As most of you know, I've been out to LA twice now to pitch The Regulars as a TV show. Last month, I shared that the only network who hadn't passed was MTV. We had a great pitch with them and there was a lot of enthusiasm and excitement... but just before Xmas, we found out they passed.
Obviously, this was very disappointing. My imagination tends to be a furiously excitable, future-orientated thing, so by the time we got the dreaded "not this time" email, I was already in that writers' room, on that set, working those late hours... It wasn't the only piece of professional bad news I got over the holidays, so all told, while I had a fun and sunny trip, I was also coming to terms with a 2018 that looked quite different to what I'd been planning. In many ways, I had no choice but to think deeply on "failure", and how to turn it into a source of strength. What helped me:
1. It's okay to feel really, really shit. Often when you get bad news, there can be this kneejerk reaction from either yourself, or those who care about you, into how it's all going to be okay, chin up, you'll be fine, perspective, silver lining. And while that's helpful eventually, it is okay to feel those feels for a day or two. Wallow. Feel sorry for yourself. Whine. It mattered, so give yourself a break and bask in self-pity.
2. Know that "failure" is part of the process. Two things here. First, for every "success" I chronicle in this newsletter or on my social, there are, like, five "failures". No artist has win after win after win: it's literally not possible. Being an artist-entrepreneur as I am means constantly throwing lines out but more often than not getting no bites. It is how the game works. Secondly, I don't really believe in failure. It's not actually failure, it's more like a change of strategy, change of plans. So I try not to think "I failed", rather "Welp, guess I gotta try something else".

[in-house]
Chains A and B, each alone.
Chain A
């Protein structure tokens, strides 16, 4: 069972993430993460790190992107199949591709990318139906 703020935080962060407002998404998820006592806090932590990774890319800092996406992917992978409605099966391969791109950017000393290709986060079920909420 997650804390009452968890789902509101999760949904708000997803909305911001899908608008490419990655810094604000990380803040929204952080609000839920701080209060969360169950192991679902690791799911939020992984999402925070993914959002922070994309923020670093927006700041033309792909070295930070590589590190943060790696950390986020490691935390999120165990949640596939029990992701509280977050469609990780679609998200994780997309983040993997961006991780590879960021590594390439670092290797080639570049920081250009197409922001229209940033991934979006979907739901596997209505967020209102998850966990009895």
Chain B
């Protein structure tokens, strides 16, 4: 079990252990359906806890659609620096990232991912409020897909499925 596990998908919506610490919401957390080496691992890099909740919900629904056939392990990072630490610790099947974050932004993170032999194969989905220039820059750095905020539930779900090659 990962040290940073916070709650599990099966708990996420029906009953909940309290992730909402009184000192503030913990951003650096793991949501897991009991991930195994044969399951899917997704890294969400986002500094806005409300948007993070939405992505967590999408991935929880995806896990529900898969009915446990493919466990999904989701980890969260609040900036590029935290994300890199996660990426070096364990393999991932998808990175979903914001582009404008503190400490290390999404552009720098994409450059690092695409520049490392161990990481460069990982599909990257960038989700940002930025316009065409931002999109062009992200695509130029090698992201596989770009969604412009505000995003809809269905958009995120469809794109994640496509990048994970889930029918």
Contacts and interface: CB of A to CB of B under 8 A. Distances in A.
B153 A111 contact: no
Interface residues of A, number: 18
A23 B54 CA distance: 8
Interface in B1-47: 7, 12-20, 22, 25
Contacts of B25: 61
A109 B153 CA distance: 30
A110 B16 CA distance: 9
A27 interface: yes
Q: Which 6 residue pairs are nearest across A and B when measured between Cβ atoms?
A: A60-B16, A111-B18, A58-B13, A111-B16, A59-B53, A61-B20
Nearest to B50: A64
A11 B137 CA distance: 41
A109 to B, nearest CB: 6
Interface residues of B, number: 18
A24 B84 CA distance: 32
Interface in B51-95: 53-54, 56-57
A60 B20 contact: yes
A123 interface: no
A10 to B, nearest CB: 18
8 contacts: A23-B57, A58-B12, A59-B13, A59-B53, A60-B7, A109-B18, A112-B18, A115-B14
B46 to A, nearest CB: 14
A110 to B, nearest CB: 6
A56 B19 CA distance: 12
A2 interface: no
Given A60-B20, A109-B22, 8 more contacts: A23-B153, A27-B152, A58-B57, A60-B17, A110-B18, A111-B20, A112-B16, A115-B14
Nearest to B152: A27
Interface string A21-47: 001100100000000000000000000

3. Defeat breeds tenacity. And tenacity breeds success. Get good at picking yourself back up. One of my mentors messaged me over Xmas, saying, "I have always admired your talent, drive, determination and capacity for hard work and have often referred to you when talking to younger writers. There are people who have writing talent and ideas but who aren’t willing to do what it takes and run into all the brick walls and pick themselves back up and simply keep going. I am proud to know you." Aw! And also, yes. You have to keep going. Cultivate this ability - it's as important as your talent; they go hand in hand. Learn what works for you to ensure you just. Keep. Going.
4. Lean on your support system. I am always paranoid about running out of money because I usually don't have much. It really adds to my stress: and it doesn't always need to. I have a partner, and we're a team. I'm self-reliant to a fault, but this year, I'm working on letting myself be helped and knowing my partner will be there to catch when I (inevitably) fall. And finally:
5. Move on. Projects often fall apart, don't work out, under-perform, disappear. You can do your best to fix them, but at some stage you might have to move the eff on. It's not healthy to be pining over what could've been: moving onto a new project re-energizes you, and will remind you there are other opportunities out there, and that you have the resources necessary to go after them. I often want to give this advice to new authors who can't let their first book go, even though the interest isn't there from the industry. Yes, it took years to write, yes it nearly killed you. But you won't be a published author unless you let it go, and start again. I have two unsold books-- two! Always, always, move on.